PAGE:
The price of diesel oil and gasoline in North Korea has dropped sharply in the last month, according to reports from within the isolated republic, with Russia apparently stepping up supplies in spite of international efforts to isolate the regime of Kim Jong Un and force Pyongyang to abandon its development of nuclear weapons and long-range ballistic missiles.
According to “citizen journalists” who report on events inside North Korea for the Osaka-based Asia Press International (API) news agency, fuel prices began to fall in November after several months of fluctuations.
Reports put the price of one kilogram of diesel oil at $0.82 now, down 60% from early November, while gasoline is being sold for around $2 per one kilogram, down 25%.
The sharp declines come despite increasingly stiff sanctions imposed on Pyongyang, including measures designed specifically to limit the amount of fuel that North Korea can obtain. Resolution 2375, adopted by the United Nations Security Council shortly after the North’s sixth underground nuclear test on September 3, singled out fuel supplies for sanctions, and the U.S. government has since stepped up its calls for China to halt the flow of oil over the border.
Oil over the border
One of API’s correspondents claims, however, that “massive amounts” of fuel are coming into the border province of Yanggang from Russia.
“It is difficult to know exactly how much fuel is getting into North Korea, but it does appear that Russia has recently been supplying Pyongyang with fuel,” said James Brown, an associate professor of international relations and an expert on Russia-North Korean trade at the Tokyo campus of Temple University.
“It appears that Russia, in particular, but also China, are losing patience with the U.S.,” he told Deutsche Welle. “They feel that they have done their part in putting new pressure on North Korea but that Washington should be doing more.”
While Beijing and Moscow supported sanctions in the autumn, North Korea went for more than two months without launching any missiles, Brown points out. Yet Washington made it clear that it was going ahead with joint U.S.-South Korea air exercises, which began in South Korean air space on Monday.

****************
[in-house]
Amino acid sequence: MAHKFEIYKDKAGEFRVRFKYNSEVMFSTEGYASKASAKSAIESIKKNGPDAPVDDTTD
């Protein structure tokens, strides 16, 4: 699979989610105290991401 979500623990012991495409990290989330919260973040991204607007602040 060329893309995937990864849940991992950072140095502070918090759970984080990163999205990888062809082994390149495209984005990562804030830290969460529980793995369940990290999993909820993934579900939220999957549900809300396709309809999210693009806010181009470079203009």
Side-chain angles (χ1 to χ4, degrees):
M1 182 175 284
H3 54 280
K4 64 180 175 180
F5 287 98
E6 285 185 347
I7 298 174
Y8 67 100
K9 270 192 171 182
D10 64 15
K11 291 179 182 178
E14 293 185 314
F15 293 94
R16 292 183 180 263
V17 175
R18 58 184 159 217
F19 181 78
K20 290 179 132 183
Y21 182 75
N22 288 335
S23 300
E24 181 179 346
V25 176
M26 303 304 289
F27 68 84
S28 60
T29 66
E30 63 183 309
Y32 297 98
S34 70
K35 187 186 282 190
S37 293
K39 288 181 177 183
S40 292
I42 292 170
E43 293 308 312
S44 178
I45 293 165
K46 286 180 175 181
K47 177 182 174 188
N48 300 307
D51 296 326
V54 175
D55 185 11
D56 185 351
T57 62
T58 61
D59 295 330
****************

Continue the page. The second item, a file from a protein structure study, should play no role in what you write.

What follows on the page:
When the U.S. confirmed that the largest ever joint air exercises — 230 aircraft practicing attacks on North Korea’s nuclear facilities and missiles bases — would proceed as planned, Pyongyang resumed missile launches.
The intercontinental ballistic missile launched on Nov. 29 is understood to have a range of around 13,000 km, putting anywhere in the U.S. within range.
Hurting the North
“Russia may very well feel that the U.S. provoked the most recent missile test by the North and it is not at all clear that Beijing and Moscow will help cut off all fuel supplies because that that represents the ‘nuclear option’ that would really hurt the North,” Brown said.
“And while that is exactly what the U.S. wants, Russia is extremely wary of the consequences of the North collapsing,” he added.
Moscow’s concerns include conflict breaking out on its Far East border, a sudden influx of vast numbers of refugees or a civil war in the North in which numerous players are vying to win control of the country’s nuclear weapons.
Daniel Pinkston, a professor of international relations at the Seoul campus of Troy University, agrees that there are indications that Moscow is trying to “stabilize” the situation in North Korea in order to avoid a collapse, while some point out that restricting deliveries of fuel oil during the North’s notoriously harsh winters would inevitably have a humanitarian cost on ordinary people.
“There is also the argument that if the North Korean leadership feels that the screws are being tightened too much and that their situation is deteriorating and there are no prospects of it improving, then they might take some kind of coercive, kinetic action to change that situation,” he said.
Escalate a way out
“Even if they accept that they are in a relatively weakened position and have no chance of winning an all-out war, it is possible that they might try to escalate their way out of a deteriorating situation with the threat of some kind of action in return for concessions.”
There are also suggestions that Russian policy in the Far East is being shaped by President Vladimir Putin’s hostility towards the West over the conflict in the Ukraine, while relations between Moscow and Washington are uncomfortable due to allegations of Russia meddling in the U.S. elections.
In addition, Brown points out that if Russia is able to obtain some kind of economic leverage over North Korea, it might give Moscow leverage that could be used to encourage the U.S. to drop its hostility. “Similarly, that leverage might be used to encourage Pyongyang to dial back the aggression, making Moscow appear as the “responsible stakeholder in the region,” he added.